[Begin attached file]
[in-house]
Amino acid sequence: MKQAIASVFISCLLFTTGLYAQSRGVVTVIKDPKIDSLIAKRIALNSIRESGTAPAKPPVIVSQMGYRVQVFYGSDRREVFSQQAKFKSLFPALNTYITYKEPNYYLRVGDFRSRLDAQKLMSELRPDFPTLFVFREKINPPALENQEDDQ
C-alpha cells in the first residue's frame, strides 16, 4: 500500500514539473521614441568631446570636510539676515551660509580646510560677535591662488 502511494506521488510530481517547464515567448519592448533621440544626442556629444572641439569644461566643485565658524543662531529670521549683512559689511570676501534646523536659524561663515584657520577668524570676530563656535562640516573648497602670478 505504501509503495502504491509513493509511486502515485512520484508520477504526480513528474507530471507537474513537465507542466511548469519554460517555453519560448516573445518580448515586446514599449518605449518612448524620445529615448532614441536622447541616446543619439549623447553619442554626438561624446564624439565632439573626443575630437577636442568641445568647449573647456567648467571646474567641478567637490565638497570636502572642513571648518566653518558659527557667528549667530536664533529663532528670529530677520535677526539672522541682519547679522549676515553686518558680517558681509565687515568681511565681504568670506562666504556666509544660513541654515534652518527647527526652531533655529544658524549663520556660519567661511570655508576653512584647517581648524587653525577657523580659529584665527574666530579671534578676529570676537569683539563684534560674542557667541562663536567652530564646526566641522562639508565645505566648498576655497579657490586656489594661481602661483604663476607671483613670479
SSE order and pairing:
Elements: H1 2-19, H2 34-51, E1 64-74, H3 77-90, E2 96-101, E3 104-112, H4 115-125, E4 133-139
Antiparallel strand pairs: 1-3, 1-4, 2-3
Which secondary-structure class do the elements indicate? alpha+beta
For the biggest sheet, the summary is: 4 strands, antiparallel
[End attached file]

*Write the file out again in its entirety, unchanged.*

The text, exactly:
[in-house]
Amino acid sequence: MKQAIASVFISCLLFTTGLYAQSRGVVTVIKDPKIDSLIAKRIALNSIRESGTAPAKPPVIVSQMGYRVQVFYGSDRREVFSQQAKFKSLFPALNTYITYKEPNYYLRVGDFRSRLDAQKLMSELRPDFPTLFVFREKINPPALENQEDDQ
C-alpha cells in the first residue's frame, strides 16, 4: 500500500514539473521614441568631446570636510539676515551660509580646510560677535591662488 502511494506521488510530481517547464515567448519592448533621440544626442556629444572641439569644461566643485565658524543662531529670521549683512559689511570676501534646523536659524561663515584657520577668524570676530563656535562640516573648497602670478 505504501509503495502504491509513493509511486502515485512520484508520477504526480513528474507530471507537474513537465507542466511548469519554460517555453519560448516573445518580448515586446514599449518605449518612448524620445529615448532614441536622447541616446543619439549623447553619442554626438561624446564624439565632439573626443575630437577636442568641445568647449573647456567648467571646474567641478567637490565638497570636502572642513571648518566653518558659527557667528549667530536664533529663532528670529530677520535677526539672522541682519547679522549676515553686518558680517558681509565687515568681511565681504568670506562666504556666509544660513541654515534652518527647527526652531533655529544658524549663520556660519567661511570655508576653512584647517581648524587653525577657523580659529584665527574666530579671534578676529570676537569683539563684534560674542557667541562663536567652530564646526566641522562639508565645505566648498576655497579657490586656489594661481602661483604663476607671483613670479
SSE order and pairing:
Elements: H1 2-19, H2 34-51, E1 64-74, H3 77-90, E2 96-101, E3 104-112, H4 115-125, E4 133-139
Antiparallel strand pairs: 1-3, 1-4, 2-3
Which secondary-structure class do the elements indicate? alpha+beta
For the biggest sheet, the summary is: 4 strands, antiparallel